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Saturday, 11 January 2014


Jai Ho- Salman khan and the Copyright Controversy

Salman Khan starrer ‘Jai Ho which is set to release in January this year has run into legal trouble over its film title. It is learnt that following the success of the song Jai Ho’(featuring in Slum dog Millionaire) music director, A.R. Rehman had trademarked the title Jai Ho and the producers of the film Jai Ho will now require a license from Mr. Rehman in order to use it as their film’s title.

Question is whether the song title can be copyrighted?
A song title falls under the category of ‘literary work’ and according to s.13 of The Copyright Act, 1957 a copyright subsists in a literary work if it is original. . The phrase was in use prior to it being converted into a popular song. ‘Jai Ho’ as a song title is not an original work and cannot be attributed to A.R. Rehman. Had the song title been a “coined phrase”,  A.R Rehman would have a strong case of protecting the same as trademark. ‘jai ho” is a common word which is used quite frequently. If general words become a matter of copyright then it can lead to complexity in procedures. The basic aim of copyright is to protect work of original nature and “jai ho” cannot be given the status of trademark. Above all the real debate is whether the movie is gaining popularity because of the title. The answer is no. Every movie solely rests upon the script and not the title and for this reason celebrity names have till date not been given protection under copyright law.
A similar problem arose when Chetan Bhagat claimed copyright infringement over movie 3 idiots as being adaptation to his novel five point someone. After seeing the movie it cannot be said movie was copied. It was given an all together a new dimension. Ideas don’t enjoy copyright, for a case to fall within copyright infringement it has to be copied work in totality.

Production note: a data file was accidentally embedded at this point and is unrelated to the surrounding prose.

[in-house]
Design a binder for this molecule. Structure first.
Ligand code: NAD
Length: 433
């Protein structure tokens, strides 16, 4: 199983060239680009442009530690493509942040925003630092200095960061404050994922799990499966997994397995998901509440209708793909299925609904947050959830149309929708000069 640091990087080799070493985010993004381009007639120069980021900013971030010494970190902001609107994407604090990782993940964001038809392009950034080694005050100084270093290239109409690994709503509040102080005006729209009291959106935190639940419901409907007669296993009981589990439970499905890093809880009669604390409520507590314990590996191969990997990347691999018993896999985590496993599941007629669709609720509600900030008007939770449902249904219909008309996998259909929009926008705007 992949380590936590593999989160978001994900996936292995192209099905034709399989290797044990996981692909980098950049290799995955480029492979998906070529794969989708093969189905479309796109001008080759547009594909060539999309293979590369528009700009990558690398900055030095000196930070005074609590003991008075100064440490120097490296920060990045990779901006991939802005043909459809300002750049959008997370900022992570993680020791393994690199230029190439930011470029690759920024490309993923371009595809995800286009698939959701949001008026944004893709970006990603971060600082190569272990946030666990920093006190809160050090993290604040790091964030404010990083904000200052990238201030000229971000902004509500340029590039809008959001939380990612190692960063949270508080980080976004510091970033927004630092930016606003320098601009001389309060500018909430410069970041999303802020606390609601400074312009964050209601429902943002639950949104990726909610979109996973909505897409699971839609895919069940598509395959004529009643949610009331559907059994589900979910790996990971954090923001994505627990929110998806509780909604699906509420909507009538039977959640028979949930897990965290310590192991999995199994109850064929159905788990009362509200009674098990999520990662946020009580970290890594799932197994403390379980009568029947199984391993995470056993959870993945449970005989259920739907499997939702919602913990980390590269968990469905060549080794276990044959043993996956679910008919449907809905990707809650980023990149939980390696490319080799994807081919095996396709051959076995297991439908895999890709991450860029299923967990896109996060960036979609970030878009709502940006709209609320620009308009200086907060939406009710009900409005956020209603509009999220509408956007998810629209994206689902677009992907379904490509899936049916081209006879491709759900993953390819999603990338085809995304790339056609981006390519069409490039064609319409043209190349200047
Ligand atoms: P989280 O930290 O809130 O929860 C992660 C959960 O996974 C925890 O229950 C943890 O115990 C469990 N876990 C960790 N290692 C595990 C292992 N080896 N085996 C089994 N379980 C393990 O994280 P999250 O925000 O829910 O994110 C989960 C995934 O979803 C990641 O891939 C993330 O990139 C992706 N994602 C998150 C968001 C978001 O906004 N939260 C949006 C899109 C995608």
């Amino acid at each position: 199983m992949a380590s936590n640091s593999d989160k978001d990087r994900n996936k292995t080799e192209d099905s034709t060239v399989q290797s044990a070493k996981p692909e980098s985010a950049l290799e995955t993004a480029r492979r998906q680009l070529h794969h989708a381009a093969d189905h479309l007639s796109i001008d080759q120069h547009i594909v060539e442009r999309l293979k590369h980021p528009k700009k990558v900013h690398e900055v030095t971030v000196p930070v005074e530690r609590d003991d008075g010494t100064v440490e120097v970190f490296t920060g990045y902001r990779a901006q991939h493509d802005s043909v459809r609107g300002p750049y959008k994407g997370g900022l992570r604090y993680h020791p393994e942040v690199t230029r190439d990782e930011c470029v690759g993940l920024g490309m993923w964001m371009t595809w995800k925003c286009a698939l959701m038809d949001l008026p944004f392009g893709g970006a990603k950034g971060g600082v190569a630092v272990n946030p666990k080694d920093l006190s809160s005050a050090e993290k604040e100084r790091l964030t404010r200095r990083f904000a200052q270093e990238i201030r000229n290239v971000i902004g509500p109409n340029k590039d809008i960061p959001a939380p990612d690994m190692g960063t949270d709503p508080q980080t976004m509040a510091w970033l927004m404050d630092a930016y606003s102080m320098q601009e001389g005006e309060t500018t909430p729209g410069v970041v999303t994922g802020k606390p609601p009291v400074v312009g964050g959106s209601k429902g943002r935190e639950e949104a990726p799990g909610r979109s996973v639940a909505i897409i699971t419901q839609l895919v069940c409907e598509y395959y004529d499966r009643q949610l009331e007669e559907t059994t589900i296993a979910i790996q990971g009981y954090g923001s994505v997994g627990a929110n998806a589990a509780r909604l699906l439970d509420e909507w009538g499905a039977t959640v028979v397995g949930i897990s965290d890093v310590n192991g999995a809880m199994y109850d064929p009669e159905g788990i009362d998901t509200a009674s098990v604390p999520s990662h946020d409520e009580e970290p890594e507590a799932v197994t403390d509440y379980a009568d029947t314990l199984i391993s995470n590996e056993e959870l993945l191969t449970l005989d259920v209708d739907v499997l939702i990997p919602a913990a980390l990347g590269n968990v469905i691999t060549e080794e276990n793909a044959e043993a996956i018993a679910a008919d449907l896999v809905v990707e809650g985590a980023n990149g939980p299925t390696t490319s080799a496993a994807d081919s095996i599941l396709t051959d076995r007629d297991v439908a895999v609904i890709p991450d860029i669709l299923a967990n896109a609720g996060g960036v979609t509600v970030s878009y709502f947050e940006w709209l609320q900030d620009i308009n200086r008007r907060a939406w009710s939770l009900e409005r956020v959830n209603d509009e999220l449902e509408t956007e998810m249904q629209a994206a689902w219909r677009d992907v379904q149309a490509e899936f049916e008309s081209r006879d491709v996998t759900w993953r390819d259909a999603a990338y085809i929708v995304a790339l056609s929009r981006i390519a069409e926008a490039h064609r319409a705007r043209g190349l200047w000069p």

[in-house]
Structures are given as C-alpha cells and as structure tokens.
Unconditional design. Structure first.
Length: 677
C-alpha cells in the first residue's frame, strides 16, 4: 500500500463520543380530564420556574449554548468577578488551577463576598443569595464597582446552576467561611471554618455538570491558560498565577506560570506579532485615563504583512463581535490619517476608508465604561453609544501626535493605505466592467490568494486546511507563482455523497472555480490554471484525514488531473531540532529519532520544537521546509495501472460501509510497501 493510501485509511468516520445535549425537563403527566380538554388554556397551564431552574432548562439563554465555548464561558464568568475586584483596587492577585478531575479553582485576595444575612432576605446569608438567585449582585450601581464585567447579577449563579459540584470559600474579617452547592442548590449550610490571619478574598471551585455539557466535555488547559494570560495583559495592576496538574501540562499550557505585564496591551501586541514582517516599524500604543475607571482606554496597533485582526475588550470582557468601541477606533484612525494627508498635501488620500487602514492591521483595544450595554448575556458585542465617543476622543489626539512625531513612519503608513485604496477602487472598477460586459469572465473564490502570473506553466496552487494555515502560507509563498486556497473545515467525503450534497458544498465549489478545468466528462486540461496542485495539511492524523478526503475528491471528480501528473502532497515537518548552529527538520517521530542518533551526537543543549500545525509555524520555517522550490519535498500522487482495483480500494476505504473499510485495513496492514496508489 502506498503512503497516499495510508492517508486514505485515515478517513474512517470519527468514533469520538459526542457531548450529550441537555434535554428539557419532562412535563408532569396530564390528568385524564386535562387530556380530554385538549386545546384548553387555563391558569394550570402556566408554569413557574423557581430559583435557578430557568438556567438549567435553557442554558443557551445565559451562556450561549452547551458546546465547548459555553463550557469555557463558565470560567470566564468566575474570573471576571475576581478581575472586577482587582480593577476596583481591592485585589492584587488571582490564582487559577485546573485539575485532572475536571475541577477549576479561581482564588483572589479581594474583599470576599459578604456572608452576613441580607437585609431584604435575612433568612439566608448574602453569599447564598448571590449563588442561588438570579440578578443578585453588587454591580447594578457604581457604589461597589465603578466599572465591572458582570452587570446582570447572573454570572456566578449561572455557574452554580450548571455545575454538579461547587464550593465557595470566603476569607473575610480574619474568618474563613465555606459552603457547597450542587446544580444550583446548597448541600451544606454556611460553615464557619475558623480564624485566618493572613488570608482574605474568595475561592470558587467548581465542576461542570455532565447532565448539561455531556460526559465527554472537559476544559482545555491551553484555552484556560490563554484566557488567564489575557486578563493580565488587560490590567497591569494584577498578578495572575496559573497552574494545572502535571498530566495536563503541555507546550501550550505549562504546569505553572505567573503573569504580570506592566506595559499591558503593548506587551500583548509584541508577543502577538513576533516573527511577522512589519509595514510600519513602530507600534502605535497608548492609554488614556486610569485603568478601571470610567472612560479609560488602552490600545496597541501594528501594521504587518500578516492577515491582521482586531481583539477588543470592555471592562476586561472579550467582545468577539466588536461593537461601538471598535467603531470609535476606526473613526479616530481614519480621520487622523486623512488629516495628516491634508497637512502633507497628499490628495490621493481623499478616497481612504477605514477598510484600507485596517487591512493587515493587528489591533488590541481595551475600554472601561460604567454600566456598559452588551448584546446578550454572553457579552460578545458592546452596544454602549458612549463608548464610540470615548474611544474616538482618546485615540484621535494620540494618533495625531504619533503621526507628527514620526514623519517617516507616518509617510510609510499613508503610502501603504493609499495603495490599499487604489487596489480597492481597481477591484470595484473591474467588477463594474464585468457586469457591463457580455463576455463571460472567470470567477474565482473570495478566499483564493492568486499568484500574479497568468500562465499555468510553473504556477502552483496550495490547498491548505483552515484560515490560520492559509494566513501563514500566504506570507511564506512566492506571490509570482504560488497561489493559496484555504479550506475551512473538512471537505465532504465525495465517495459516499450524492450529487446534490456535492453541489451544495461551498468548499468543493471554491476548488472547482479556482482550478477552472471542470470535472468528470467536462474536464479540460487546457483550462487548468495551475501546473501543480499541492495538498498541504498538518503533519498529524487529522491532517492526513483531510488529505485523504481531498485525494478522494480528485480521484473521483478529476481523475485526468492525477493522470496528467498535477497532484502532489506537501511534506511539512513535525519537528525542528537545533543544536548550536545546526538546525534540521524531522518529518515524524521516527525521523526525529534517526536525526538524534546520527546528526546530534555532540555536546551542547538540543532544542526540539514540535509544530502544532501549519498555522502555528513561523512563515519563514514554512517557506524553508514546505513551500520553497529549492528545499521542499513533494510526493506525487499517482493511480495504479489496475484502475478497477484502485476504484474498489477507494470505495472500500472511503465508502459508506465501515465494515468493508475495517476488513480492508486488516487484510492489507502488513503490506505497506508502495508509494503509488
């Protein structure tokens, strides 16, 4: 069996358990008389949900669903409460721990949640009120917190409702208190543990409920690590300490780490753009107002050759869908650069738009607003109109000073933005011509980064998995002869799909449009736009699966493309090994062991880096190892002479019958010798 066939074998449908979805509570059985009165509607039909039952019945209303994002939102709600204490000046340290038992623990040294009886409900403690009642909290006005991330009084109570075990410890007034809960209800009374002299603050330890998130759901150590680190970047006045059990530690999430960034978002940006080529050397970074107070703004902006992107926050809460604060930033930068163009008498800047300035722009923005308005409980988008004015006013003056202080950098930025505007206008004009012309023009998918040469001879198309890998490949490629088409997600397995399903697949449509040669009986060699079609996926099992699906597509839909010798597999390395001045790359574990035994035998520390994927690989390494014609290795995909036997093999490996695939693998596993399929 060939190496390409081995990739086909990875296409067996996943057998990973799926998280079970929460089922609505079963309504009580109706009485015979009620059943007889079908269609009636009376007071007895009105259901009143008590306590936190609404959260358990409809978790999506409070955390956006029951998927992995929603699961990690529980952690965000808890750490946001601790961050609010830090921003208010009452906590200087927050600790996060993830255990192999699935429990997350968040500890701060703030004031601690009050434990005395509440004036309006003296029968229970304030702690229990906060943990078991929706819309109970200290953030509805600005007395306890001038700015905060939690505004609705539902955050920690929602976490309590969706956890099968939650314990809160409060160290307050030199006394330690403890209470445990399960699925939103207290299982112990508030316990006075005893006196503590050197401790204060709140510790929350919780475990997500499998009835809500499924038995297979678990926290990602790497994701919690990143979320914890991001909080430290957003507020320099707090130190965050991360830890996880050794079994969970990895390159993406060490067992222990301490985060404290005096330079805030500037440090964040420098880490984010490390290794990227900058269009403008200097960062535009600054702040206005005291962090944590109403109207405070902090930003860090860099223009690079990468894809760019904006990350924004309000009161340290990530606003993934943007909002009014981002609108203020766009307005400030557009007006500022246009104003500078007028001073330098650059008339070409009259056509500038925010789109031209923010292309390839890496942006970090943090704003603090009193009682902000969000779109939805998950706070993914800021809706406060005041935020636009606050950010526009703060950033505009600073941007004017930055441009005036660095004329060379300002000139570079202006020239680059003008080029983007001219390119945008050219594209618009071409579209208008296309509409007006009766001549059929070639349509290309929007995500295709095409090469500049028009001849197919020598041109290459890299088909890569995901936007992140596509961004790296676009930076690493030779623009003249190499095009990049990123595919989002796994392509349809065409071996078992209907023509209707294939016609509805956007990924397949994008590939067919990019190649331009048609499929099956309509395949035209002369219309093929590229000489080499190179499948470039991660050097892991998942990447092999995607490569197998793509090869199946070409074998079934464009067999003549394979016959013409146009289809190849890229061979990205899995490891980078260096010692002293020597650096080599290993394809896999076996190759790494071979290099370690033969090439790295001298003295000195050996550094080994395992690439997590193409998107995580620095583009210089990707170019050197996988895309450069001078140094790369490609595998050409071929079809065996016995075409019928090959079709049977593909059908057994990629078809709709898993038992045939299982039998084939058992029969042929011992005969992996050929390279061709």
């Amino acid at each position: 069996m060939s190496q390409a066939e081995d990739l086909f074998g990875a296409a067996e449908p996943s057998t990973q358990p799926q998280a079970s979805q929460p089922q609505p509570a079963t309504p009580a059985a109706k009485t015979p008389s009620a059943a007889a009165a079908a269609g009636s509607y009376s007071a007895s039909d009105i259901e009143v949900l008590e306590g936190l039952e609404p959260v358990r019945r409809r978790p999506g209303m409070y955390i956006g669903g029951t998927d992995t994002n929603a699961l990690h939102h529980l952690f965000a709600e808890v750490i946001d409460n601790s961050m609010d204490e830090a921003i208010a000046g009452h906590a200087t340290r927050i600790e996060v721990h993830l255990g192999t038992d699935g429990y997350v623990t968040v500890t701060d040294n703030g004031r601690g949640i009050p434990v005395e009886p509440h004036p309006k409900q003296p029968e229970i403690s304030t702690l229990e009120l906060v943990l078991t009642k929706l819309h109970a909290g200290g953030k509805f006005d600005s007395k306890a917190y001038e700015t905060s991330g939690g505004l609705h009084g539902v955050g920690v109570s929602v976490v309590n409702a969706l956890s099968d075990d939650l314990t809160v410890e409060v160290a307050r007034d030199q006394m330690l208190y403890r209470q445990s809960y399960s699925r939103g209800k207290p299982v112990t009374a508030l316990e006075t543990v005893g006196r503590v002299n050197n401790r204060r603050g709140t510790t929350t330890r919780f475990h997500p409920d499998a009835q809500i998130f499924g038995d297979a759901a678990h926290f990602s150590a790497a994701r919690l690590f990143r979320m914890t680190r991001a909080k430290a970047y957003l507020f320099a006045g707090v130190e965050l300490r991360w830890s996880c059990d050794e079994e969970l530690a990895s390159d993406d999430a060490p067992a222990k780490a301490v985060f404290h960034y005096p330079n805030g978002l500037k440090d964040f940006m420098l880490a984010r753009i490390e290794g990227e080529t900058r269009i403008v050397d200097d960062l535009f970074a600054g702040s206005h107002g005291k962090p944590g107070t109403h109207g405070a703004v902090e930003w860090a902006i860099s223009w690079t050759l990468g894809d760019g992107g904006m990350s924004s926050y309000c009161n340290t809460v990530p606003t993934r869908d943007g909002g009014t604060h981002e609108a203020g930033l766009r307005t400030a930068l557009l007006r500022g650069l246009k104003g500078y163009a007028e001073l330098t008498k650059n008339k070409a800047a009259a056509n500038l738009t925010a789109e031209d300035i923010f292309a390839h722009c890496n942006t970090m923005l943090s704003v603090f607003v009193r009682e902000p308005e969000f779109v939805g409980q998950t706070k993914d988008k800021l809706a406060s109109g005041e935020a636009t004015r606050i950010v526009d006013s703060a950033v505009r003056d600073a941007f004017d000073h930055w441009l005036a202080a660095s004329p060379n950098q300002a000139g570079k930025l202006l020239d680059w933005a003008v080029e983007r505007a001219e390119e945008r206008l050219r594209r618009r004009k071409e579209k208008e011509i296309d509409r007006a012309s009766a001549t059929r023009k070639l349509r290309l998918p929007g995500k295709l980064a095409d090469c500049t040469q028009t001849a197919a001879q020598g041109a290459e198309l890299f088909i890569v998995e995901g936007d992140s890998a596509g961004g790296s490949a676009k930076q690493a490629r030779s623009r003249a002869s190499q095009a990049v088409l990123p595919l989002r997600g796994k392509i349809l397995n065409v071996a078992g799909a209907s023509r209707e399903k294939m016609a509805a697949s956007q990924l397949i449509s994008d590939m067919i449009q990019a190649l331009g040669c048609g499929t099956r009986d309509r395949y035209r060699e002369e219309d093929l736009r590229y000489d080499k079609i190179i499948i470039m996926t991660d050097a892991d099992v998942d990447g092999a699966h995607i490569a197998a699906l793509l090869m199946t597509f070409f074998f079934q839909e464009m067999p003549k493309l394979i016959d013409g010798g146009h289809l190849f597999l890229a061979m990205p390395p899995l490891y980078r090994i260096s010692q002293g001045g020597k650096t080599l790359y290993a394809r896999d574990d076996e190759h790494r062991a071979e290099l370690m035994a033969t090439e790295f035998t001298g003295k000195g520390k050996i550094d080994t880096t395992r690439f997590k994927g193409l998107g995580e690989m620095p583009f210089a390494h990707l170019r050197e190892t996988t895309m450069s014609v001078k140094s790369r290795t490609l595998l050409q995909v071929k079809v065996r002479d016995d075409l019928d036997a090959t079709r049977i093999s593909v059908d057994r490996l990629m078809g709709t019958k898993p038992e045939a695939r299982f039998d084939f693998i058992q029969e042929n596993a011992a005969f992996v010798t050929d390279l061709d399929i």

R.G Anand v Delux Films (AIR 1978 SC 1613) is the first landmark judgment on copyright where The humble Supreme Court  of India has laid down the following general propositions regarding infringement of a work:-
1.     Copyright is not applicable in support matter an idea, subject matter, themes, legendary or historical facts. However, the manner, form, and expression of the idea of the copyrighted work fall in the domain of violation.
2.     In case the same idea is developed in a different manner, manifesting may be using source the Courts will identify if the similarities are on substantial or fundamental points of the mode of expression adopted in the copyrighted work. The imitation with marginal variations here and there is a violation of copyright.
3.     The third person, i.e. the reader, the viewer or the spectator after having read or seen both the works comes out with the opinion based on reasonable proof that the subsequent work appears to be a copy of the original.
4.     There is no violation if the same theme is presented and treated differently and the final output turns out to be completely new work.
5.     In case, there are similarities but dissimilarity in the contained material do not indicate intention to copy, and intention to copy the the coincidences are clearly incidental.
6.     The copyright violation must be proved by clear and cogent evidence.
Also Moral Desert Theory argues that, “every man has a property in his own person”, i.e. the fruits of a man's labour belongs to him, but one cannot be sure the very same idea did not at the same moment enter some other mind. Thus these rights can only be justified if they are implemented in such a way that rights of an individual are protected without infringing on another.

The question still remains debatable as to whether Salman khan should not be allowed to use the name just because it’s been used earlier in a song title which got popular?


Aidric Alchemy said...
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Praveen Kumar said...

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